I asked them to complete the following phrases:

  • In general, I notice…
  • Except for…
  • On one hand… On the other…
  • I was surprised by…
  • I wonder…

I listened and took notes on their answers. I then synthesized their responses, looking for Similarities and Differences in their responses. I identified patterns in their responses that I could share with the team without breaking any individual’s confidentiality.

I identified three main trends in the responses:

1) Communication did not flow throughout the team. Instead, information was in small sub-groups. Approaching deadlines and increased workloads exacerbated those pockets of information.

2) Everyone was very, very busy. The team manager was unaware of everything happening on the floor (he did not necessarily need to). But this was an essential part of the dynamic.

3) Nobody realized how bad it was for the victim until the harassment complaint.

I also observed some critical differences:

1) While everyone was busy, one sub-group had much more work than others.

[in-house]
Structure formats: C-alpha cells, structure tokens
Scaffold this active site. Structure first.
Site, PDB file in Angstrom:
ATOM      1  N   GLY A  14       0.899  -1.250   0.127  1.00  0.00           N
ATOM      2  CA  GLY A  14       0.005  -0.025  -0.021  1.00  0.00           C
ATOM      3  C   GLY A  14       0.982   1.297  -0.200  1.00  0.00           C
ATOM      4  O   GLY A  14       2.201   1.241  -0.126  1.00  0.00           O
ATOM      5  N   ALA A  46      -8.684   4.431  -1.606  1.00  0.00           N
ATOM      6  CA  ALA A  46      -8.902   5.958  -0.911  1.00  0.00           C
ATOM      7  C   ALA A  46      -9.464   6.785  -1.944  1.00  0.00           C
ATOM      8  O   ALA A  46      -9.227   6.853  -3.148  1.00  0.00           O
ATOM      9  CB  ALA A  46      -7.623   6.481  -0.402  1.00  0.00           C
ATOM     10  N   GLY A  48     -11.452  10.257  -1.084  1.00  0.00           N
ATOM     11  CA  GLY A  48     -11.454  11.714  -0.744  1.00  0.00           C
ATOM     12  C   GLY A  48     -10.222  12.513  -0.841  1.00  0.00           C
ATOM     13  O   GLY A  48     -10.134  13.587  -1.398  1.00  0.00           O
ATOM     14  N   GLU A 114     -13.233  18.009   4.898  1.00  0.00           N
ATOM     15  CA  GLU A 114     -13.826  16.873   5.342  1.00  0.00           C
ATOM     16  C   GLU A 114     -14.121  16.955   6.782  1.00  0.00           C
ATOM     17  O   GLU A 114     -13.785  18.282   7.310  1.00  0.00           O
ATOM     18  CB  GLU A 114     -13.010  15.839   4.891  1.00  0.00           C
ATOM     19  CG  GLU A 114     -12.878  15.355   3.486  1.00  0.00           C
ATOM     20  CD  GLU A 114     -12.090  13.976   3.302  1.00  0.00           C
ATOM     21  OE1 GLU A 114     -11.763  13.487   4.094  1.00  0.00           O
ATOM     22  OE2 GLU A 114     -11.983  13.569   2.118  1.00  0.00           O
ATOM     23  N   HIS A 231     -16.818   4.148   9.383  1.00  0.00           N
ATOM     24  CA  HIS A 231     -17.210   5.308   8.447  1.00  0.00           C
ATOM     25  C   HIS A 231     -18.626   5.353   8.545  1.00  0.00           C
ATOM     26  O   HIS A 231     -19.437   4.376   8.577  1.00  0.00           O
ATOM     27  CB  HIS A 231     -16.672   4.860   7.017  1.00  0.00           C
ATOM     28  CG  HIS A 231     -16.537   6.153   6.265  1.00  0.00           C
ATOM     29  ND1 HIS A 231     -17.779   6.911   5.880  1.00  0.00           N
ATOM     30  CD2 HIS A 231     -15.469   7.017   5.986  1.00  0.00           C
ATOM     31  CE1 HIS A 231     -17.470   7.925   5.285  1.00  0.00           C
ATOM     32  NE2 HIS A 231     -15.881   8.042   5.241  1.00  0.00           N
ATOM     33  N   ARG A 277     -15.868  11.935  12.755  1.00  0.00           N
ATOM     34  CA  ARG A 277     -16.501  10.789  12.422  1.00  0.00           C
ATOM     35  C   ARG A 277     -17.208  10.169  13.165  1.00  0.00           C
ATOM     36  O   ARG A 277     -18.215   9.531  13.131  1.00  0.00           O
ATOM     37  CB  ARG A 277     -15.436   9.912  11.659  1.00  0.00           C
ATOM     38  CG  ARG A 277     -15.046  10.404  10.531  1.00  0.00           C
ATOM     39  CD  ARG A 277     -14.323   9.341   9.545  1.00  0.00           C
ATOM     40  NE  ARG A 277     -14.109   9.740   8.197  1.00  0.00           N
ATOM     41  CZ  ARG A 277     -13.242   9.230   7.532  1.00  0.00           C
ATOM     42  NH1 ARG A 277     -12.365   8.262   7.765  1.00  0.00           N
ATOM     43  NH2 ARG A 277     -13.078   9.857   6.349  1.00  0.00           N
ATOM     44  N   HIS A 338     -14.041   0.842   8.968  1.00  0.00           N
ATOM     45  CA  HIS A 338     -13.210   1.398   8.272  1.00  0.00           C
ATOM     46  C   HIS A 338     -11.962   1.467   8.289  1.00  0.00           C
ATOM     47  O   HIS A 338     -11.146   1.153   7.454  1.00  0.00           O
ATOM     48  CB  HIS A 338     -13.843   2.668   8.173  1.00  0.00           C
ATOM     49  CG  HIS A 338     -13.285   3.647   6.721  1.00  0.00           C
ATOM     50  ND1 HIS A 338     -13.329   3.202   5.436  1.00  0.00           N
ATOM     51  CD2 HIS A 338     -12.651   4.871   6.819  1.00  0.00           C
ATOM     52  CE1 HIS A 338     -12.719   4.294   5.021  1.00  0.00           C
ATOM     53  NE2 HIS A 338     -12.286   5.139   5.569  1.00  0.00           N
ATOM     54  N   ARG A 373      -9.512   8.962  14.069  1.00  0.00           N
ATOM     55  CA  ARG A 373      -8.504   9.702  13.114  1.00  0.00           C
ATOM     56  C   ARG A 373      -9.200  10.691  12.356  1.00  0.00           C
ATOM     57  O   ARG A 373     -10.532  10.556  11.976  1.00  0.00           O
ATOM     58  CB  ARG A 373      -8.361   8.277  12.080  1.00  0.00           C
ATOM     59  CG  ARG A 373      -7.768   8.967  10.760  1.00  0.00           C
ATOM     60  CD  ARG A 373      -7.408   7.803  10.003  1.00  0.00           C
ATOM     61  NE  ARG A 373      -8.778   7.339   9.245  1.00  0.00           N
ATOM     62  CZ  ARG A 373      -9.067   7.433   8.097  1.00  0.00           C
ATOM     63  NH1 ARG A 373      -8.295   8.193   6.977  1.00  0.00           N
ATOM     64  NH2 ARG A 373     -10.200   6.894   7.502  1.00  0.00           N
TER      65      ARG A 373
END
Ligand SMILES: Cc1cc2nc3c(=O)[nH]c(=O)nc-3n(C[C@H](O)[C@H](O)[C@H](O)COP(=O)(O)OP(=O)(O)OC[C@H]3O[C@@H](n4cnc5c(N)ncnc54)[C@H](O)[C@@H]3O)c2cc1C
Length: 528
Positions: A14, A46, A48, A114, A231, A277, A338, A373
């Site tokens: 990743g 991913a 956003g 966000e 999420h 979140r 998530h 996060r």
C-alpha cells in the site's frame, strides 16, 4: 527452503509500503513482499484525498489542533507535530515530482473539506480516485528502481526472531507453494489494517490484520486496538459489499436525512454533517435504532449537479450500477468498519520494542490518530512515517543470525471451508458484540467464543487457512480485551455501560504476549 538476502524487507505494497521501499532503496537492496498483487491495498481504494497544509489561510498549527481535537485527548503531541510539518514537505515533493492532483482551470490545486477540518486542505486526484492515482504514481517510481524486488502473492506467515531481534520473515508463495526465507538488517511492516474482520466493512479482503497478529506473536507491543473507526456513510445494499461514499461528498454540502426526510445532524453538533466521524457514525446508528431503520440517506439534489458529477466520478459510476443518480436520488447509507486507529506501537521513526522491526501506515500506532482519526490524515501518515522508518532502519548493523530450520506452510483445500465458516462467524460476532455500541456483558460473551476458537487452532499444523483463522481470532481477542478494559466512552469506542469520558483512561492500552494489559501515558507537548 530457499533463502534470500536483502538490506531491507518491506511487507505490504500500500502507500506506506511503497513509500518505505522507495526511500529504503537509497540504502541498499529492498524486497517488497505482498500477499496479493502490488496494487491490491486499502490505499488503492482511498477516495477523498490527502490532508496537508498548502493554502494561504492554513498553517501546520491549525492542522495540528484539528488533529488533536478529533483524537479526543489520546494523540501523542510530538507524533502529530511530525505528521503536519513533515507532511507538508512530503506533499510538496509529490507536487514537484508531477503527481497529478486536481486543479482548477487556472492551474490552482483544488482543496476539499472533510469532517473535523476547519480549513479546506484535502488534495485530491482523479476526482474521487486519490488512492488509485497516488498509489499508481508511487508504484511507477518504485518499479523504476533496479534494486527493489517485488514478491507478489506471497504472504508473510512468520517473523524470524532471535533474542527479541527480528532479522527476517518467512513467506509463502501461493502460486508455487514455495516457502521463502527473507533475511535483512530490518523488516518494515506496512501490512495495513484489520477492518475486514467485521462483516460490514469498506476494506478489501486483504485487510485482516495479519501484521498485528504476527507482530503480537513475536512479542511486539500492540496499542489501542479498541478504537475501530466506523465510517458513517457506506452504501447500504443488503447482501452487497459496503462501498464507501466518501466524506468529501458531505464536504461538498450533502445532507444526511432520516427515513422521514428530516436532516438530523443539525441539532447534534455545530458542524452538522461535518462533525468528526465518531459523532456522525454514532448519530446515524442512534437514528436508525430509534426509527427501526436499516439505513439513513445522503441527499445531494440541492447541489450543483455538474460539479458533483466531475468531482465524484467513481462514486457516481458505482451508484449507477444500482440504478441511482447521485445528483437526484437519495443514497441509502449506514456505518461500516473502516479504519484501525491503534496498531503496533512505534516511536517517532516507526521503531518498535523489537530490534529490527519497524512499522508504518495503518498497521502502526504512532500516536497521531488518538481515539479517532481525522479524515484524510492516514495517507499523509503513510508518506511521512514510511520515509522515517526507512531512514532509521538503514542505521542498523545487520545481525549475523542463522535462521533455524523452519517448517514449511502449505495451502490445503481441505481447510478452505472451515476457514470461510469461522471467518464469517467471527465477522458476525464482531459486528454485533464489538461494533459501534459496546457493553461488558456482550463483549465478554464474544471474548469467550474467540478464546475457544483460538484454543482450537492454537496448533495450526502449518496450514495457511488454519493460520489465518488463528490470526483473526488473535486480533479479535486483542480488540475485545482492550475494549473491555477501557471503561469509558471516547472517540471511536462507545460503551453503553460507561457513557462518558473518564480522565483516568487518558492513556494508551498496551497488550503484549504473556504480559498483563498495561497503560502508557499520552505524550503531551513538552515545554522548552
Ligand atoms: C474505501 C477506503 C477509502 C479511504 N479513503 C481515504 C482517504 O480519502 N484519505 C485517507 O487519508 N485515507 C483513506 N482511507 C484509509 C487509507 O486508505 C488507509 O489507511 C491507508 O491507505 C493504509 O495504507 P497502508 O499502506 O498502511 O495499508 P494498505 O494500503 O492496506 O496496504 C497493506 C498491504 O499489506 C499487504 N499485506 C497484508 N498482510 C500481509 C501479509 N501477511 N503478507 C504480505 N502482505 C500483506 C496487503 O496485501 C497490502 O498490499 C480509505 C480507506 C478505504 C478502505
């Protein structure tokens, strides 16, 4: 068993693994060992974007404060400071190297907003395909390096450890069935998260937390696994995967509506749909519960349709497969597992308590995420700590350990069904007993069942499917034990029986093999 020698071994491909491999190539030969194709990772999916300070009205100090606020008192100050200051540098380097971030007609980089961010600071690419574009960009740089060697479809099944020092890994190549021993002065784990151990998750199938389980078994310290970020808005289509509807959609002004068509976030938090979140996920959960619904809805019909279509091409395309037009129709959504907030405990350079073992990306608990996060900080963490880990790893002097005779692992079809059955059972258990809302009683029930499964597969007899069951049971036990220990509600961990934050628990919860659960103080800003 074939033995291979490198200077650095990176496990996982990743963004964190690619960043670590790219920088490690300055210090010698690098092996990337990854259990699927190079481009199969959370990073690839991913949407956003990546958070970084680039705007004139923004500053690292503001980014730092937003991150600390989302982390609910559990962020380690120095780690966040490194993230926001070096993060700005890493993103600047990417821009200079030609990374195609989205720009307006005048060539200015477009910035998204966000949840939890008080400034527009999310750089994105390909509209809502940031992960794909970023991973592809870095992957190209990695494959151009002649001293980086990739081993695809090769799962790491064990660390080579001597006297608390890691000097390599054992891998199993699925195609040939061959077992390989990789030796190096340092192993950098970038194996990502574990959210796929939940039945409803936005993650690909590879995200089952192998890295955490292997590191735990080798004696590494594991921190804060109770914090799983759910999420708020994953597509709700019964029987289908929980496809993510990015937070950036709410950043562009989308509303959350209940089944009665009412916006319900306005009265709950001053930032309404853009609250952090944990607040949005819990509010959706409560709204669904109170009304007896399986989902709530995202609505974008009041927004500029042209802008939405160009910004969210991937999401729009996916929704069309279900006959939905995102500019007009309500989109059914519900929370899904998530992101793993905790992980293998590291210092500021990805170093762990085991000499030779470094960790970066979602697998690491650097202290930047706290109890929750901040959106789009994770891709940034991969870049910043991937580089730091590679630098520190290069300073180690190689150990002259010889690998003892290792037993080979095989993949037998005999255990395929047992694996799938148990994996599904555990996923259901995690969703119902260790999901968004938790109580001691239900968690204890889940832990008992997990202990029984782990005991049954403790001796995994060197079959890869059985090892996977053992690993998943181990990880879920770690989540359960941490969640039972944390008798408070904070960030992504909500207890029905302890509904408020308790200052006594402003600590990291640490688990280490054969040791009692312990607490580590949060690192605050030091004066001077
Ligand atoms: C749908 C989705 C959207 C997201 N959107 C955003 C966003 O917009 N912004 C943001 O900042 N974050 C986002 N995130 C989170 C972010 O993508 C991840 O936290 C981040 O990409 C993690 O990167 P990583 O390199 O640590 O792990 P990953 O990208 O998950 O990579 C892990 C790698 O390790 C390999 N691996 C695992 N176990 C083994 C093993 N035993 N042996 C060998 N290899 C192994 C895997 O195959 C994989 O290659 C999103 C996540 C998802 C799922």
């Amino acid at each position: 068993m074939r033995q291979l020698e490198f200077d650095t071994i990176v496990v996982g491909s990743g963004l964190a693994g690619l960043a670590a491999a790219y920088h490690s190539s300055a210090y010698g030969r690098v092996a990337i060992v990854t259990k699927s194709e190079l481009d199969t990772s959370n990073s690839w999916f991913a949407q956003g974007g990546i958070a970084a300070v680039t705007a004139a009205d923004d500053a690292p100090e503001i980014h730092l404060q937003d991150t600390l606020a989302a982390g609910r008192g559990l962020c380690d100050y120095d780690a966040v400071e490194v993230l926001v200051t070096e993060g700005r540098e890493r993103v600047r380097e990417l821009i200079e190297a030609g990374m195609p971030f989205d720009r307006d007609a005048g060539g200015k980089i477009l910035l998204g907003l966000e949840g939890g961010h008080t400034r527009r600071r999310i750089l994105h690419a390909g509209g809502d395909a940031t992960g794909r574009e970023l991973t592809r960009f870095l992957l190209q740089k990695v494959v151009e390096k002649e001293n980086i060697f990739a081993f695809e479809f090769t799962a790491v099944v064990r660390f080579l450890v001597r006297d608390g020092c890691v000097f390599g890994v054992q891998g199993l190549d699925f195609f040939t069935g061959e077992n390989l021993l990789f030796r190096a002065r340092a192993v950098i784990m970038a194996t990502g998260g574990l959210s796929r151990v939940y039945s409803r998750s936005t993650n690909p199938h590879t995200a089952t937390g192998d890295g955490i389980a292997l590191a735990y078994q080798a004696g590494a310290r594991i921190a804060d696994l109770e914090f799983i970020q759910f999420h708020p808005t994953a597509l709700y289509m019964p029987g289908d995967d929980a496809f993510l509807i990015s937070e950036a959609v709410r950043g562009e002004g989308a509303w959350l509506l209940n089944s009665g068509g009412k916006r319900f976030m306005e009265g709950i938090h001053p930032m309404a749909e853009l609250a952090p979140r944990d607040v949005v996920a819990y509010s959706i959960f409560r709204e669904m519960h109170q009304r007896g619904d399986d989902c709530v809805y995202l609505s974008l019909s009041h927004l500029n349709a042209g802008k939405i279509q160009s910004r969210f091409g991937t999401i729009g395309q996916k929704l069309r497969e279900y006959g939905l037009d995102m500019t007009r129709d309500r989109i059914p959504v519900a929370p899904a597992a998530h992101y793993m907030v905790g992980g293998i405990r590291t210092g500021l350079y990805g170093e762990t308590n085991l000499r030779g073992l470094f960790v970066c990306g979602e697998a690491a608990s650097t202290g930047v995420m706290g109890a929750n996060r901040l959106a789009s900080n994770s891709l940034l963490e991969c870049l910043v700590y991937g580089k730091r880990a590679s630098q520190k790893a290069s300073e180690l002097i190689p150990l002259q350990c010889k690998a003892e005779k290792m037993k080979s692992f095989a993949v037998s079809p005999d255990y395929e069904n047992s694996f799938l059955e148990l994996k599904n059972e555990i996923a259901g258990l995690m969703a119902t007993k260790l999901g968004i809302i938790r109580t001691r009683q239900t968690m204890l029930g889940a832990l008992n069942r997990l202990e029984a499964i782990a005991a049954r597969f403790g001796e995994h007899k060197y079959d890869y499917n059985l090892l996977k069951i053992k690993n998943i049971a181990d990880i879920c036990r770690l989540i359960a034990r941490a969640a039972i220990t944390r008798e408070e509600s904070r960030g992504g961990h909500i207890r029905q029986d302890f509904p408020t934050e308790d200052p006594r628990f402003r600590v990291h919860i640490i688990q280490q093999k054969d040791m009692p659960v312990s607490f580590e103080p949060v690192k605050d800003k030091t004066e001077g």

2)The team lead had a very different management style from the team manager.

With this information, I returned to the group and held a debrief session. Much of this information was eye-opening for the team members and got them talking about patterns. It started a discussion of how to identify vulnerabilities and indicators for repeating patterns of harassment.

For example, they knew it was getting busy. So, they identified support structures they need when it gets so busy they don’t have time to think. They developed an essential set of questions to ask themselves to ensure a more smooth flow of information:

1) “Does the whole group need to know about this…?”

2) “Am I not talking to the full group because I’m uncomfortable or because they don’t need to know? If so, what’s making me uncomfortable?”

These simple questions that team members started asking themselves made an enormous difference to the flow of information throughout the team.